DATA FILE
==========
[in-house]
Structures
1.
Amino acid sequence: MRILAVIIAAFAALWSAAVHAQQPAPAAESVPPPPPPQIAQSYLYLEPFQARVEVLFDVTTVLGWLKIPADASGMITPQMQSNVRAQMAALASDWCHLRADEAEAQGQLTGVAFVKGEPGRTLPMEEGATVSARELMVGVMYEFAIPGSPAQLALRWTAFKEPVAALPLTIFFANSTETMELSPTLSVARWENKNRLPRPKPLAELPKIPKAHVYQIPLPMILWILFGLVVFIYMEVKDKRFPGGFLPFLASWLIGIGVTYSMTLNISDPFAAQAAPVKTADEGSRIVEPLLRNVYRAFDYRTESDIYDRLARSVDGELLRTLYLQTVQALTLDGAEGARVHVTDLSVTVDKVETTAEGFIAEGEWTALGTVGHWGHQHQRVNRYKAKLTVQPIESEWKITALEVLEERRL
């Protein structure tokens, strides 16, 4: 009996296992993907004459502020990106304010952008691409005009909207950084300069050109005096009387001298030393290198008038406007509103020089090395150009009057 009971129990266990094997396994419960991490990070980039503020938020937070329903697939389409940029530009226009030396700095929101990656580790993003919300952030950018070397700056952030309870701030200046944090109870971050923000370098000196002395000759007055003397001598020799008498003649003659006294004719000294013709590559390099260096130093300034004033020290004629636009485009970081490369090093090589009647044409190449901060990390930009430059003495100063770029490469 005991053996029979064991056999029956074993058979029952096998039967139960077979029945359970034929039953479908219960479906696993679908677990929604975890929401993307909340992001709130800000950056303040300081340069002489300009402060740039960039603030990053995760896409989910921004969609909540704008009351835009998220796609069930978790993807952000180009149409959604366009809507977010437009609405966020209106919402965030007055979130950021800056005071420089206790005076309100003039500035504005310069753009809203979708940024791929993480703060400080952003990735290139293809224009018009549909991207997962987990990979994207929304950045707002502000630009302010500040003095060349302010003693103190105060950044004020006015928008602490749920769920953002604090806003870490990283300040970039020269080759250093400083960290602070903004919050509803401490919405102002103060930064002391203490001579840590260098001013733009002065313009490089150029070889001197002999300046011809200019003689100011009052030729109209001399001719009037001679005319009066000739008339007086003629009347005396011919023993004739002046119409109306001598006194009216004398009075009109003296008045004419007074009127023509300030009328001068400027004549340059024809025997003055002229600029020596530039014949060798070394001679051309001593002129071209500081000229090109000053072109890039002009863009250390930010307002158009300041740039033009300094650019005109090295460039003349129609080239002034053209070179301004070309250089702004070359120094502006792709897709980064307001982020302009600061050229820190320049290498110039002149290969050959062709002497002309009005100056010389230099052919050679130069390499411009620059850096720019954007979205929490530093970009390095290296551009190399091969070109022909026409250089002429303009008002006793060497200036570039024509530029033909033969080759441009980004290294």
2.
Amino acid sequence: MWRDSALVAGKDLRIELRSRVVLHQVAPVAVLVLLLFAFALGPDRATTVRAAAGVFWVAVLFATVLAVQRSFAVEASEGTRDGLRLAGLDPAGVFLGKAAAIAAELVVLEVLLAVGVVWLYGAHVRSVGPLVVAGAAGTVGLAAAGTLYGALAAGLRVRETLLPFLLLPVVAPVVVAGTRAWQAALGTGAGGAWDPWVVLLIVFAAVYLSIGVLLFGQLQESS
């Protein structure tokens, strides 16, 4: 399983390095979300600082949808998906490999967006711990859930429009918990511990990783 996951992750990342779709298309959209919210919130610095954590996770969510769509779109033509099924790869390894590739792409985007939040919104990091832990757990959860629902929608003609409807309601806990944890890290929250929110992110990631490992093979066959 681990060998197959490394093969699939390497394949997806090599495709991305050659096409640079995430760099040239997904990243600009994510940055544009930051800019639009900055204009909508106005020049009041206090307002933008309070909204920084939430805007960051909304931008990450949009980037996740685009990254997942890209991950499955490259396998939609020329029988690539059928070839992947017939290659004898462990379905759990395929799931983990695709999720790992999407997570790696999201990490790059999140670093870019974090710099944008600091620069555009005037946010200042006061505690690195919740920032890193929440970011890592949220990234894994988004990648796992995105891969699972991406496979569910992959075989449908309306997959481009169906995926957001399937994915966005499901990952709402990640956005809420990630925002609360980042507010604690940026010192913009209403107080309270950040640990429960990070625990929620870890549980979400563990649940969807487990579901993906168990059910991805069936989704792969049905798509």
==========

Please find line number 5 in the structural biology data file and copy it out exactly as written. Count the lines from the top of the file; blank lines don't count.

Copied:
């Protein structure tokens, strides 16, 4: 009996296992993907004459502020990106304010952008691409005009909207950084300069050109005096009387001298030393290198008038406007509103020089090395150009009057 009971129990266990094997396994419960991490990070980039503020938020937070329903697939389409940029530009226009030396700095929101990656580790993003919300952030950018070397700056952030309870701030200046944090109870971050923000370098000196002395000759007055003397001598020799008498003649003659006294004719000294013709590559390099260096130093300034004033020290004629636009485009970081490369090093090589009647044409190449901060990390930009430059003495100063770029490469 005991053996029979064991056999029956074993058979029952096998039967139960077979029945359970034929039953479908219960479906696993679908677990929604975890929401993307909340992001709130800000950056303040300081340069002489300009402060740039960039603030990053995760896409989910921004969609909540704008009351835009998220796609069930978790993807952000180009149409959604366009809507977010437009609405966020209106919402965030007055979130950021800056005071420089206790005076309100003039500035504005310069753009809203979708940024791929993480703060400080952003990735290139293809224009018009549909991207997962987990990979994207929304950045707002502000630009302010500040003095060349302010003693103190105060950044004020006015928008602490749920769920953002604090806003870490990283300040970039020269080759250093400083960290602070903004919050509803401490919405102002103060930064002391203490001579840590260098001013733009002065313009490089150029070889001197002999300046011809200019003689100011009052030729109209001399001719009037001679005319009066000739008339007086003629009347005396011919023993004739002046119409109306001598006194009216004398009075009109003296008045004419007074009127023509300030009328001068400027004549340059024809025997003055002229600029020596530039014949060798070394001679051309001593002129071209500081000229090109000053072109890039002009863009250390930010307002158009300041740039033009300094650019005109090295460039003349129609080239002034053209070179301004070309250089702004070359120094502006792709897709980064307001982020302009600061050229820190320049290498110039002149290969050959062709002497002309009005100056010389230099052919050679130069390499411009620059850096720019954007979205929490530093970009390095290296551009190399091969070109022909026409250089002429303009008002006793060497200036570039024509530029033909033969080759441009980004290294």